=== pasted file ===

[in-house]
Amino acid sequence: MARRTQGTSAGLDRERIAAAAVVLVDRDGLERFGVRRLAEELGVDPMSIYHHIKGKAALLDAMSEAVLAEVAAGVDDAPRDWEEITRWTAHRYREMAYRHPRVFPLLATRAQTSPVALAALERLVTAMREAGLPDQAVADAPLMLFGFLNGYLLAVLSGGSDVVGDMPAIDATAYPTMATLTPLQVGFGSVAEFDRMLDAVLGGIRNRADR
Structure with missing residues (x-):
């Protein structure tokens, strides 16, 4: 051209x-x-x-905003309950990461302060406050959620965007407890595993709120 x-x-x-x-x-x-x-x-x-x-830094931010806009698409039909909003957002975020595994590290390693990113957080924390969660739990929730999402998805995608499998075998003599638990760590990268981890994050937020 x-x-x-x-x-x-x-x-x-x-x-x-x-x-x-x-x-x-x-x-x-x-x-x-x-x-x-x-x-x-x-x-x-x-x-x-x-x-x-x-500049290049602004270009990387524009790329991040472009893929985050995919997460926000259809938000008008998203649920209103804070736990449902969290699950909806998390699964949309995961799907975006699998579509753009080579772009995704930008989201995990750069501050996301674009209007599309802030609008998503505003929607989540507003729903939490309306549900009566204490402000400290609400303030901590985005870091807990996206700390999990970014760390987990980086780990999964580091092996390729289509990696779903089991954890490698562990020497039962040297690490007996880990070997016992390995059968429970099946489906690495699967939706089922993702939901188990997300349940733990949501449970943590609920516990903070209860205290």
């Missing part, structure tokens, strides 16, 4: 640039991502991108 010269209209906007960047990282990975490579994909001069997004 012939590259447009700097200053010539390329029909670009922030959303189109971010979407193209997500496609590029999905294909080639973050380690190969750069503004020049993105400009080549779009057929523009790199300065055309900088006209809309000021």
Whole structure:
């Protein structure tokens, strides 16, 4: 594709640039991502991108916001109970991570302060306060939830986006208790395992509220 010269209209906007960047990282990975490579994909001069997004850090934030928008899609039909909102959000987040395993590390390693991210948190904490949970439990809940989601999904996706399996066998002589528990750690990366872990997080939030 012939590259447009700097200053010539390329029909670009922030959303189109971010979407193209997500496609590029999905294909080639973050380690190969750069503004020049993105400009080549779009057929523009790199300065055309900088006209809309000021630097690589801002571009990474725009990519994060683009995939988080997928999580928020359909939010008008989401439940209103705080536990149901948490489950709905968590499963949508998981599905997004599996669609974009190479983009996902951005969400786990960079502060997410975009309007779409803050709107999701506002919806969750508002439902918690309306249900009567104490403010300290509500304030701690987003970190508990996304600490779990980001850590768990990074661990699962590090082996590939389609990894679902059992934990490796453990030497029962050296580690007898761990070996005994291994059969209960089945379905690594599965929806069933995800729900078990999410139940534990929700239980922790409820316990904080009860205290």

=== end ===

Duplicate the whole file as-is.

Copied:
[in-house]
Amino acid sequence: MARRTQGTSAGLDRERIAAAAVVLVDRDGLERFGVRRLAEELGVDPMSIYHHIKGKAALLDAMSEAVLAEVAAGVDDAPRDWEEITRWTAHRYREMAYRHPRVFPLLATRAQTSPVALAALERLVTAMREAGLPDQAVADAPLMLFGFLNGYLLAVLSGGSDVVGDMPAIDATAYPTMATLTPLQVGFGSVAEFDRMLDAVLGGIRNRADR
Structure with missing residues (x-):
């Protein structure tokens, strides 16, 4: 051209x-x-x-905003309950990461302060406050959620965007407890595993709120 x-x-x-x-x-x-x-x-x-x-830094931010806009698409039909909003957002975020595994590290390693990113957080924390969660739990929730999402998805995608499998075998003599638990760590990268981890994050937020 x-x-x-x-x-x-x-x-x-x-x-x-x-x-x-x-x-x-x-x-x-x-x-x-x-x-x-x-x-x-x-x-x-x-x-x-x-x-x-x-500049290049602004270009990387524009790329991040472009893929985050995919997460926000259809938000008008998203649920209103804070736990449902969290699950909806998390699964949309995961799907975006699998579509753009080579772009995704930008989201995990750069501050996301674009209007599309802030609008998503505003929607989540507003729903939490309306549900009566204490402000400290609400303030901590985005870091807990996206700390999990970014760390987990980086780990999964580091092996390729289509990696779903089991954890490698562990020497039962040297690490007996880990070997016992390995059968429970099946489906690495699967939706089922993702939901188990997300349940733990949501449970943590609920516990903070209860205290």
């Missing part, structure tokens, strides 16, 4: 640039991502991108 010269209209906007960047990282990975490579994909001069997004 012939590259447009700097200053010539390329029909670009922030959303189109971010979407193209997500496609590029999905294909080639973050380690190969750069503004020049993105400009080549779009057929523009790199300065055309900088006209809309000021």
Whole structure:
């Protein structure tokens, strides 16, 4: 594709640039991502991108916001109970991570302060306060939830986006208790395992509220 010269209209906007960047990282990975490579994909001069997004850090934030928008899609039909909102959000987040395993590390390693991210948190904490949970439990809940989601999904996706399996066998002589528990750690990366872990997080939030 012939590259447009700097200053010539390329029909670009922030959303189109971010979407193209997500496609590029999905294909080639973050380690190969750069503004020049993105400009080549779009057929523009790199300065055309900088006209809309000021630097690589801002571009990474725009990519994060683009995939988080997928999580928020359909939010008008989401439940209103705080536990149901948490489950709905968590499963949508998981599905997004599996669609974009190479983009996902951005969400786990960079502060997410975009309007779409803050709107999701506002919806969750508002439902918690309306249900009567104490403010300290509500304030701690987003970190508990996304600490779990980001850590768990990074661990699962590090082996590939389609990894679902059992934990490796453990030497029962050296580690007898761990070996005994291994059969209960089945379905690594599965929806069933995800729900078990999410139940534990929700239980922790409820316990904080009860205290």